In the age of technology, there are lots of ways to find support for those of us who need it. There are always the strengths coming from friends and family, caregivers, clergy, and therapists. Fortunately, I have these resources in great abundance—almost more than I could have imagined, and certainly more than I can comprehend on some days, even now. Last week when I came home from my daily trek to the Confusion Clinic, there was a box of Frango dark chocolates lying on my couch along with a note. I didn’t even notice the surprise for almost an hour—I even moved the box so I had room to sit. Then it occurred to me: I certainly hadn’t purchased Frangos for myself—a Hershey’s Kiss is about the limit of my self indulgence.
Sure enough, the box was from my old friend GB, who had stopped by while I was out. “Enjoy,” he wrote. And I did, marveling at his thoughtfulness and my own lack of discernment–”A box of chocolates? For ME? How come?”
I am learning, however slowly, to ask for support, or go out and find it when I need to. For me, one of my techy solutions are on line support groups—I first found them ten or more years ago, when I went to an on line AA meeting because I really needed to find help quickly. On line support was an innovation then, but a satisfying solution to my immediate crisis, whatever that was at the time.
Today I just Googled “on line support groups” and came up with 29 million responses, many of which were health related. In my own current example, I have been subscribing to a Total Hip Replacement email list called “Totally Hip”. I enjoy the group discussions on techniques and hip replacement issues from around the world—there’s no better way to get over the feeling that you are alone in the problems you face.
Last night there was an interesting posting on Totally Hip from a group member who had watched the ABC Nightline (click here to go to the video) show on a new bone surgery technique that involves orthopedic stem cell surgery. The stem cell surgery involves drawing the patient’s own stem cells from his bone marrow, and then using the cells to create new bone growth–in the video example, a hip repair for someone who had had 7 surgeries all ready (sound familiar?)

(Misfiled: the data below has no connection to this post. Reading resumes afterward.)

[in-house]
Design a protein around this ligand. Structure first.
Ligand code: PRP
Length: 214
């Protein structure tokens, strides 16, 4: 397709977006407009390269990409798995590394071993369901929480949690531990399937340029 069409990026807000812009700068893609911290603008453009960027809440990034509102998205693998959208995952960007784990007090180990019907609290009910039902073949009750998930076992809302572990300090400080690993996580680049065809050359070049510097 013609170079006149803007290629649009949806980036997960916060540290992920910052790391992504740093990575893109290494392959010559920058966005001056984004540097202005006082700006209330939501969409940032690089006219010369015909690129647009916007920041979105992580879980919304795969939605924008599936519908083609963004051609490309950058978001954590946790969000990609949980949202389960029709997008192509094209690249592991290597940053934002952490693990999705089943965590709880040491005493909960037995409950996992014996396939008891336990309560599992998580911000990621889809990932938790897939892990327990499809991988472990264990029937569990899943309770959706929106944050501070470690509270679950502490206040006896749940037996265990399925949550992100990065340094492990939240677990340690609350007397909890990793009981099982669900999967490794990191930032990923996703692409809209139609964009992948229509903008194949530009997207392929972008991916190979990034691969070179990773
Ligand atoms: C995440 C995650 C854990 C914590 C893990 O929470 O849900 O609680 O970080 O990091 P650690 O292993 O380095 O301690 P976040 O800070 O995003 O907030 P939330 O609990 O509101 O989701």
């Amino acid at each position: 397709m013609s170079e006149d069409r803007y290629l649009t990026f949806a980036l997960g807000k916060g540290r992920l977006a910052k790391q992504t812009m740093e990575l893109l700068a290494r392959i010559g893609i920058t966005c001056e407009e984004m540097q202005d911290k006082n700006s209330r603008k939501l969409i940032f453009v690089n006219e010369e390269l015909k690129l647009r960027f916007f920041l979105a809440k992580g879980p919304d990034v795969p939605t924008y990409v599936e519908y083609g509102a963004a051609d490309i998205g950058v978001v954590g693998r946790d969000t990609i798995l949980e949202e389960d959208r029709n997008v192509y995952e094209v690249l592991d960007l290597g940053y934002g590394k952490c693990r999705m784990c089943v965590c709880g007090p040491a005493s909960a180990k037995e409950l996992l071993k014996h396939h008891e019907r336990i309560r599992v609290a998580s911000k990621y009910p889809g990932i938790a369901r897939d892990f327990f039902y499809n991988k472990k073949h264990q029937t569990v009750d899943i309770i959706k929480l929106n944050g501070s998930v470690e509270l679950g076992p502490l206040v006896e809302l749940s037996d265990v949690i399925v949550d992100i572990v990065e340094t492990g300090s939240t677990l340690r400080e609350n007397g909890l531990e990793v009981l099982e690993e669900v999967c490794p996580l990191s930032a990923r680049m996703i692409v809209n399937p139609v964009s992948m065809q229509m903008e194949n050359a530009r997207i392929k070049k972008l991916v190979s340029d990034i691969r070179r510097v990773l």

ABC calls this technique “controversial” and underfunded research because it is so often confused with embryonic stem cell research, and subsequently bogged down in right-to-life issues. In fact, no embryonic stem cells are used in the ABC surgery report: the patient’s own cells create new bone growth.
Now I have long been interested in the area of stem cell research…ever since the Michigan Citizens for Stem Cell Research and Cures presented its persuasive arguments at a local Chamber of Commerce Meeting. At that point in time, the stem cell subject was not particularly relevant to my life, I thought, and was merely an exercise in logic—if we have a chance of curing Alzheimer’s, or juvenile diabetes, or Lou Gehrig’s disease—what’s the issue? Of course there are arguments about cloning and killing unborn babies—arguments which do not pertain to the use of stem cells in the medical research cases I am talking about.
But now, along comes a technique which repairs bone damage by growing new bones. It can also repair articular cartilage, and heal ligaments and tendons. I think, from the vantage place of my wheelchair, that we need to pull out the stops in researching the potential of stem cell technology. It’s an even more important imperative to those of us in Michigan, where our state laws are repressive and discouraging to research initiatives. The Detroit Free Press reports:
“The Stem Cell Ballot Question Committee in Michigan wants to authorize the use of
excess or unsuitable embryos from fertility clinics that “would otherwise be discarded unless they are used for research.” In contrast to legislation aimed at opening up research on stem cells, the ballot proposal affirms Michigan’s law prohibiting human cloning.”
Well, we’ve got to support this ballot initiative issue in our state—not only to explore new cures, but also to keep our research facilities in Michigan (and attract new business). According to the Michigan Citizens for Stem Cell Research and Cures (MCSCRC),
“Michigan’s current laws on stem cell research are considered within the scientific community to be more restrictive than federal laws and policies enacted by many other states. The Houston Chronicle described Michigan in 2005 as one of five states with the most severe laws and called Michigan a “non-player” in the world of stem cell research.”
You can help by going to the Ballot Question Committee website at www.CureMichigan.com<a and request a petition which you can sign and circulate, supporting placement of this measure on the ballot in November.
Even I can do that from a wheelchair.